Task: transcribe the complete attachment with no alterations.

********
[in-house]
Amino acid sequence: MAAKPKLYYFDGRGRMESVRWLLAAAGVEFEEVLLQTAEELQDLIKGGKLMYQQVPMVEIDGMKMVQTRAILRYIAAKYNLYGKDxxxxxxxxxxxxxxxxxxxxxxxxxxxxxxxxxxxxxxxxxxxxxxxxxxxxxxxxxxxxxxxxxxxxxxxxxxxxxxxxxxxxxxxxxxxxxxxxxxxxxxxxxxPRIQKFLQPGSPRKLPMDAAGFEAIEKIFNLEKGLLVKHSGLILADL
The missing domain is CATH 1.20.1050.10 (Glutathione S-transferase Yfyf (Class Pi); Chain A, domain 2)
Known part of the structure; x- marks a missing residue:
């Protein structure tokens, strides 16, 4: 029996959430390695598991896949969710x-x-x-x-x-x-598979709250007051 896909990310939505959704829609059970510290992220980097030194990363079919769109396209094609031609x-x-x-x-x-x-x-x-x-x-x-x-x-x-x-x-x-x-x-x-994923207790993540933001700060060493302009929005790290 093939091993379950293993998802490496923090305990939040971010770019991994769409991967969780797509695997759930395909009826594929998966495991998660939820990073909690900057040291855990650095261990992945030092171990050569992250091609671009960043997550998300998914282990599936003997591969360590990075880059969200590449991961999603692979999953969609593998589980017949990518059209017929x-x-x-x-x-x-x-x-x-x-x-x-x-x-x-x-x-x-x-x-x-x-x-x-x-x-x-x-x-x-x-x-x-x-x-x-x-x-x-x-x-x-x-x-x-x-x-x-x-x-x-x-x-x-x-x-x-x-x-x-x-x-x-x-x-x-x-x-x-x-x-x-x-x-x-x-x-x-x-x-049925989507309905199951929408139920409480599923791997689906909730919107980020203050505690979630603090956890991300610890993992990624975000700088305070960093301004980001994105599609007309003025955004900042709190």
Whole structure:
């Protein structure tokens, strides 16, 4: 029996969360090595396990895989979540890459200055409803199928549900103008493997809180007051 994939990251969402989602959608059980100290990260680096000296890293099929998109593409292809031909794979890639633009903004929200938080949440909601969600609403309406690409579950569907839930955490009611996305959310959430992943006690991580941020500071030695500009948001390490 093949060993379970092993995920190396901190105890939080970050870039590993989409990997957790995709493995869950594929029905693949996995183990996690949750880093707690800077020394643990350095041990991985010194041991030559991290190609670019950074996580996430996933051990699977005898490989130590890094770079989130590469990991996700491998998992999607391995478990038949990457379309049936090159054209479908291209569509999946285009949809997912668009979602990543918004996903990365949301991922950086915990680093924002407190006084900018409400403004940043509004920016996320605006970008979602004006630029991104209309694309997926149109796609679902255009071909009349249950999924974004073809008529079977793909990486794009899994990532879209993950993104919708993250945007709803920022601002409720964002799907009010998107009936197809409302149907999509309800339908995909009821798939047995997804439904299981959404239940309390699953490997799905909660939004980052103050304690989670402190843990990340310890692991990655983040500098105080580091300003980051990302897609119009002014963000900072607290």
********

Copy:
[in-house]
Amino acid sequence: MAAKPKLYYFDGRGRMESVRWLLAAAGVEFEEVLLQTAEELQDLIKGGKLMYQQVPMVEIDGMKMVQTRAILRYIAAKYNLYGKDxxxxxxxxxxxxxxxxxxxxxxxxxxxxxxxxxxxxxxxxxxxxxxxxxxxxxxxxxxxxxxxxxxxxxxxxxxxxxxxxxxxxxxxxxxxxxxxxxxxxxxxxxxPRIQKFLQPGSPRKLPMDAAGFEAIEKIFNLEKGLLVKHSGLILADL
The missing domain is CATH 1.20.1050.10 (Glutathione S-transferase Yfyf (Class Pi); Chain A, domain 2)
Known part of the structure; x- marks a missing residue:
């Protein structure tokens, strides 16, 4: 029996959430390695598991896949969710x-x-x-x-x-x-598979709250007051 896909990310939505959704829609059970510290992220980097030194990363079919769109396209094609031609x-x-x-x-x-x-x-x-x-x-x-x-x-x-x-x-x-x-x-x-994923207790993540933001700060060493302009929005790290 093939091993379950293993998802490496923090305990939040971010770019991994769409991967969780797509695997759930395909009826594929998966495991998660939820990073909690900057040291855990650095261990992945030092171990050569992250091609671009960043997550998300998914282990599936003997591969360590990075880059969200590449991961999603692979999953969609593998589980017949990518059209017929x-x-x-x-x-x-x-x-x-x-x-x-x-x-x-x-x-x-x-x-x-x-x-x-x-x-x-x-x-x-x-x-x-x-x-x-x-x-x-x-x-x-x-x-x-x-x-x-x-x-x-x-x-x-x-x-x-x-x-x-x-x-x-x-x-x-x-x-x-x-x-x-x-x-x-x-x-x-x-x-049925989507309905199951929408139920409480599923791997689906909730919107980020203050505690979630603090956890991300610890993992990624975000700088305070960093301004980001994105599609007309003025955004900042709190």
Whole structure:
């Protein structure tokens, strides 16, 4: 029996969360090595396990895989979540890459200055409803199928549900103008493997809180007051 994939990251969402989602959608059980100290990260680096000296890293099929998109593409292809031909794979890639633009903004929200938080949440909601969600609403309406690409579950569907839930955490009611996305959310959430992943006690991580941020500071030695500009948001390490 093949060993379970092993995920190396901190105890939080970050870039590993989409990997957790995709493995869950594929029905693949996995183990996690949750880093707690800077020394643990350095041990991985010194041991030559991290190609670019950074996580996430996933051990699977005898490989130590890094770079989130590469990991996700491998998992999607391995478990038949990457379309049936090159054209479908291209569509999946285009949809997912668009979602990543918004996903990365949301991922950086915990680093924002407190006084900018409400403004940043509004920016996320605006970008979602004006630029991104209309694309997926149109796609679902255009071909009349249950999924974004073809008529079977793909990486794009899994990532879209993950993104919708993250945007709803920022601002409720964002799907009010998107009936197809409302149907999509309800339908995909009821798939047995997804439904299981959404239940309390699953490997799905909660939004980052103050304690989670402190843990990340310890692991990655983040500098105080580091300003980051990302897609119009002014963000900072607290």